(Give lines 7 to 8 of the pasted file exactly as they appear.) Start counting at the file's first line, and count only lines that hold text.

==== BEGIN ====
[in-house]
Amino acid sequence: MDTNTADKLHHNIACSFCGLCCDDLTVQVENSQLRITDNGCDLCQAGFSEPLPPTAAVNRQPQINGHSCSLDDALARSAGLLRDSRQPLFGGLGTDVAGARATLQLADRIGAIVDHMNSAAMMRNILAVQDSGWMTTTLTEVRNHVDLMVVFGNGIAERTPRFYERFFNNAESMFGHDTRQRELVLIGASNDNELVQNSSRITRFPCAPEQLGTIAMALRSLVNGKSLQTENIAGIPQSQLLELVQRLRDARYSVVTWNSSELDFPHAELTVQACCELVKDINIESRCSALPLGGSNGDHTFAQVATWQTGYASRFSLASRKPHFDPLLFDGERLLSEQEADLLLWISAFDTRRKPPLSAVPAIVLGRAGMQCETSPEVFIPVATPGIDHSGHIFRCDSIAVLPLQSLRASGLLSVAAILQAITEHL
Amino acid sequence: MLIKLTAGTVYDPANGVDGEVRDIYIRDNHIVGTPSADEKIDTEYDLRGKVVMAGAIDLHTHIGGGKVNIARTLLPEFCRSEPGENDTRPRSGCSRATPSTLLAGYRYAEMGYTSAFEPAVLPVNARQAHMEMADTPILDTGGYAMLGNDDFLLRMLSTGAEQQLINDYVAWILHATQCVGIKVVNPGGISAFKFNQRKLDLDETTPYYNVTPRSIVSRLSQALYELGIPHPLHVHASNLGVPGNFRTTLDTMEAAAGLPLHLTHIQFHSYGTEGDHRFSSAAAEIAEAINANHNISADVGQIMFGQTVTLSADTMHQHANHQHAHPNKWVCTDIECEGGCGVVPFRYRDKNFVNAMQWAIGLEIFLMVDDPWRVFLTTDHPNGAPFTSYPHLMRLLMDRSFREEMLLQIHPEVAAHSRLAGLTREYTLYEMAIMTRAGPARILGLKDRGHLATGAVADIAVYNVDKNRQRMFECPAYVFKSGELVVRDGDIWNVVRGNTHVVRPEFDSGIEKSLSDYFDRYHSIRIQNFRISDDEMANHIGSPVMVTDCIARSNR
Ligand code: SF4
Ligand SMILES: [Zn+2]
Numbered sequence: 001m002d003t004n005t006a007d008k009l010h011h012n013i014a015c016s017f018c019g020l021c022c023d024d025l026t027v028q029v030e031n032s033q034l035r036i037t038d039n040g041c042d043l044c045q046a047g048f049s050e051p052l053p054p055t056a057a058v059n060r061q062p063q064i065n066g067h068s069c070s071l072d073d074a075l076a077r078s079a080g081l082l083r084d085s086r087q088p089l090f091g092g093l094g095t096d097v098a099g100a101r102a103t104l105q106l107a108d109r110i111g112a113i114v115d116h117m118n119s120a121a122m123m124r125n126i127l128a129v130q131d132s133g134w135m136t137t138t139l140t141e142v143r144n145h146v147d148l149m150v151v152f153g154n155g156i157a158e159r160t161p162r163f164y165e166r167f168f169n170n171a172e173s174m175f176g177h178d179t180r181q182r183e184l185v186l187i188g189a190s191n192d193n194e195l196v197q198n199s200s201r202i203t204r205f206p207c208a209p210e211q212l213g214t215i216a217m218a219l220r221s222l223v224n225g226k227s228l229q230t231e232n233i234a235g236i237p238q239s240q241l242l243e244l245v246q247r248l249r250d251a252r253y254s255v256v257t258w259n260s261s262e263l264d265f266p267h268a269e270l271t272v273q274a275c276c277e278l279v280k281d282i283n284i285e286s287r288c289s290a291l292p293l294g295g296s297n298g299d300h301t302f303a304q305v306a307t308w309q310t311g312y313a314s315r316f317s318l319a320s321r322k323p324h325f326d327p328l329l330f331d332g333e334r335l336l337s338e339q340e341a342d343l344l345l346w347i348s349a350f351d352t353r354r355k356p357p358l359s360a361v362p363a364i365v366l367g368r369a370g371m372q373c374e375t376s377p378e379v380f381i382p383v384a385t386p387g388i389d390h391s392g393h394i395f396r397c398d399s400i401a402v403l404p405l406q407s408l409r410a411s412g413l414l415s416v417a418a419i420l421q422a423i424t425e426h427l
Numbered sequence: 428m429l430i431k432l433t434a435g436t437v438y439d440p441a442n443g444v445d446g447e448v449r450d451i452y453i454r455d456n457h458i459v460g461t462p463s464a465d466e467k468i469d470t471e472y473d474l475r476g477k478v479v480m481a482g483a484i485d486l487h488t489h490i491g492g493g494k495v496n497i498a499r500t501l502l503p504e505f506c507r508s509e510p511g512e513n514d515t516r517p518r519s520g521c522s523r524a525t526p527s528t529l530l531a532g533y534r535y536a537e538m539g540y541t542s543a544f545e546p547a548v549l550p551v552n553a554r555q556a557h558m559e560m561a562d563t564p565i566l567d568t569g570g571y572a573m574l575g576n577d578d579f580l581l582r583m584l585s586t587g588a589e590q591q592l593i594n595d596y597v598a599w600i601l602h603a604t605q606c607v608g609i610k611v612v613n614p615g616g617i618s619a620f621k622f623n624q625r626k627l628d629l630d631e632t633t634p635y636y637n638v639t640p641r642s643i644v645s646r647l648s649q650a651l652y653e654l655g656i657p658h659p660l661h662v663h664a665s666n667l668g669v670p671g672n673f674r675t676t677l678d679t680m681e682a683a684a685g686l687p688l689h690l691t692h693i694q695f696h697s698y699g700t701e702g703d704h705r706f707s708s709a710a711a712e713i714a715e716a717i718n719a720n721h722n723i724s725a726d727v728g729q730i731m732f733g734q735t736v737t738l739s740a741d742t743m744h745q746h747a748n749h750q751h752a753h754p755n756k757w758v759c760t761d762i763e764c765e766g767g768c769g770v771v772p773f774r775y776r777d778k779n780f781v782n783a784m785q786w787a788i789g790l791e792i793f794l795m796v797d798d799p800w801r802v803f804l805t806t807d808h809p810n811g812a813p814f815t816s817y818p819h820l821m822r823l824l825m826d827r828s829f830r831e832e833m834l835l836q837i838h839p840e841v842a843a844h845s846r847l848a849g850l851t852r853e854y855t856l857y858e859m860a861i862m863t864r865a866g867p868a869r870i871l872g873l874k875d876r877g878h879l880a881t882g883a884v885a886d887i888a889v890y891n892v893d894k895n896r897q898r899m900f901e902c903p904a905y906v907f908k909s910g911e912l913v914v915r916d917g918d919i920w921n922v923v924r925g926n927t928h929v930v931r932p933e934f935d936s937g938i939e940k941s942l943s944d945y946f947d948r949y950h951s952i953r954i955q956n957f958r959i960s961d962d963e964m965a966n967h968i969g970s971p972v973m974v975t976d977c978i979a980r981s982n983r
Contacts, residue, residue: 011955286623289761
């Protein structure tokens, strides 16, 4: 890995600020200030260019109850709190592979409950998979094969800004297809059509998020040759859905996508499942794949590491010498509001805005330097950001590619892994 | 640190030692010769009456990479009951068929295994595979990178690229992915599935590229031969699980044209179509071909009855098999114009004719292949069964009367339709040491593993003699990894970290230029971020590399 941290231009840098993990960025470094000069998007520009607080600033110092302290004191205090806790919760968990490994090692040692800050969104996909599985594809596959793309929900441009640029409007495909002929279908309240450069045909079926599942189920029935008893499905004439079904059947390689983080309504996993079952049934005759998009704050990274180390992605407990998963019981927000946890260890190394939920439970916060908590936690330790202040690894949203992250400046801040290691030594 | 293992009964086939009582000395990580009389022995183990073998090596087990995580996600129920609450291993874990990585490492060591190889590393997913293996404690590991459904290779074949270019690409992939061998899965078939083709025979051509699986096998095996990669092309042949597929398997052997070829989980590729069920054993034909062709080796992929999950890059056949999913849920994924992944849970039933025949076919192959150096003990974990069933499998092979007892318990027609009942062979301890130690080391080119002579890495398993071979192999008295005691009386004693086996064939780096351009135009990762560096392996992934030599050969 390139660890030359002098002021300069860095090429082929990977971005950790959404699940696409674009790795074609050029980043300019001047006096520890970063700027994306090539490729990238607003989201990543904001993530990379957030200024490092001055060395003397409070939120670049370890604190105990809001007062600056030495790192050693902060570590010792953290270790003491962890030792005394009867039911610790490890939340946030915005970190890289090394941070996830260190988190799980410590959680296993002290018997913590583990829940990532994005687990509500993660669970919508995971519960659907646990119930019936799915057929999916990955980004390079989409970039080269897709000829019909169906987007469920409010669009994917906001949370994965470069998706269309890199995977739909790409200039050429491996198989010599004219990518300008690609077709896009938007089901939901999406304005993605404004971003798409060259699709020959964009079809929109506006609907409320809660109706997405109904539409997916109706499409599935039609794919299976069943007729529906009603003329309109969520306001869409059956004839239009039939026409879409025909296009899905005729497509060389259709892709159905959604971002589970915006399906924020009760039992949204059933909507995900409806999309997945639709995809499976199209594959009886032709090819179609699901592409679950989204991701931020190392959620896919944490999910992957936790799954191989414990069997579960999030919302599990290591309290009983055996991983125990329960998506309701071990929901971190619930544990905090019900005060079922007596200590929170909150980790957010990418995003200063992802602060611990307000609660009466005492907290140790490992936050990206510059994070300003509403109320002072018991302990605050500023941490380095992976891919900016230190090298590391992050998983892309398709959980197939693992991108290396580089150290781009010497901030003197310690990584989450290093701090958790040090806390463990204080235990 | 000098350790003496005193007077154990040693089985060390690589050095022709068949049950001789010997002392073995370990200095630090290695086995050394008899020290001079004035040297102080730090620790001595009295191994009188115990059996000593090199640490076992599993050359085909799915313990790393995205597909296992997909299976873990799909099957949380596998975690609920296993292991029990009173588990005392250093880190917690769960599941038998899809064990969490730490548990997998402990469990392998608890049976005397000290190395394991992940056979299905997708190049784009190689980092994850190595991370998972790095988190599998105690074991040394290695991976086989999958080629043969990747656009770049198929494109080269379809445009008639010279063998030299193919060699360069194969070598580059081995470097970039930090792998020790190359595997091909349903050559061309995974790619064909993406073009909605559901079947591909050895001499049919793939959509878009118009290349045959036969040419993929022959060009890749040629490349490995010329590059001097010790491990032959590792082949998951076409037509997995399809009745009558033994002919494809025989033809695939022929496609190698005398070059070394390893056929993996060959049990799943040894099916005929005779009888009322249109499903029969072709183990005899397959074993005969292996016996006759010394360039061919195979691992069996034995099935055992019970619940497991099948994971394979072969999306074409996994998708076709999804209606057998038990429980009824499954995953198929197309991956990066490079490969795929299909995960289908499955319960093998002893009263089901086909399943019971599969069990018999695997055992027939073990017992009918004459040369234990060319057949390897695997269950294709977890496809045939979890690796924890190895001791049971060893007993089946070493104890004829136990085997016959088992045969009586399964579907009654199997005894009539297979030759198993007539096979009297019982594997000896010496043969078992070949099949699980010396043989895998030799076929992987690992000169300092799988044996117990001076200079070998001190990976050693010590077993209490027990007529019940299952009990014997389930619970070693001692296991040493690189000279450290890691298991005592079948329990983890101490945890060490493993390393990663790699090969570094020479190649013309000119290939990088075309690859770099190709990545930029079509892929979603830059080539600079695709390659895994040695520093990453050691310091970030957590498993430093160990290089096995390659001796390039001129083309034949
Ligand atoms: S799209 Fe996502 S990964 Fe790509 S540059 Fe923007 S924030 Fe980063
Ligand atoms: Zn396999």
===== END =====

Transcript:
Numbered sequence: 428m429l430i431k432l433t434a435g436t437v438y439d440p441a442n443g444v445d446g447e448v449r450d451i452y453i454r455d456n457h458i459v460g461t462p463s464a465d466e467k468i469d470t471e472y473d474l475r476g477k478v479v480m481a482g483a484i485d486l487h488t489h490i491g492g493g494k495v496n497i498a499r500t501l502l503p504e505f506c507r508s509e510p511g512e513n514d515t516r517p518r519s520g521c522s523r524a525t526p527s528t529l530l531a532g533y534r535y536a537e538m539g540y541t542s543a544f545e546p547a548v549l550p551v552n553a554r555q556a557h558m559e560m561a562d563t564p565i566l567d568t569g570g571y572a573m574l575g576n577d578d579f580l581l582r583m584l585s586t587g588a589e590q591q592l593i594n595d596y597v598a599w600i601l602h603a604t605q606c607v608g609i610k611v612v613n614p615g616g617i618s619a620f621k622f623n624q625r626k627l628d629l630d631e632t633t634p635y636y637n638v639t640p641r642s643i644v645s646r647l648s649q650a651l652y653e654l655g656i657p658h659p660l661h662v663h664a665s666n667l668g669v670p671g672n673f674r675t676t677l678d679t680m681e682a683a684a685g686l687p688l689h690l691t692h693i694q695f696h697s698y699g700t701e702g703d704h705r706f707s708s709a710a711a712e713i714a715e716a717i718n719a720n721h722n723i724s725a726d727v728g729q730i731m732f733g734q735t736v737t738l739s740a741d742t743m744h745q746h747a748n749h750q751h752a753h754p755n756k757w758v759c760t761d762i763e764c765e766g767g768c769g770v771v772p773f774r775y776r777d778k779n780f781v782n783a784m785q786w787a788i789g790l791e792i793f794l795m796v797d798d799p800w801r802v803f804l805t806t807d808h809p810n811g812a813p814f815t816s817y818p819h820l821m822r823l824l825m826d827r828s829f830r831e832e833m834l835l836q837i838h839p840e841v842a843a844h845s846r847l848a849g850l851t852r853e854y855t856l857y858e859m860a861i862m863t864r865a866g867p868a869r870i871l872g873l874k875d876r877g878h879l880a881t882g883a884v885a886d887i888a889v890y891n892v893d894k895n896r897q898r899m900f901e902c903p904a905y906v907f908k909s910g911e912l913v914v915r916d917g918d919i920w921n922v923v924r925g926n927t928h929v930v931r932p933e934f935d936s937g938i939e940k941s942l943s944d945y946f947d948r949y950h951s952i953r954i955q956n957f958r959i960s961d962d963e964m965a966n967h968i969g970s971p972v973m974v975t976d977c978i979a980r981s982n983r
Contacts, residue, residue: 011955286623289761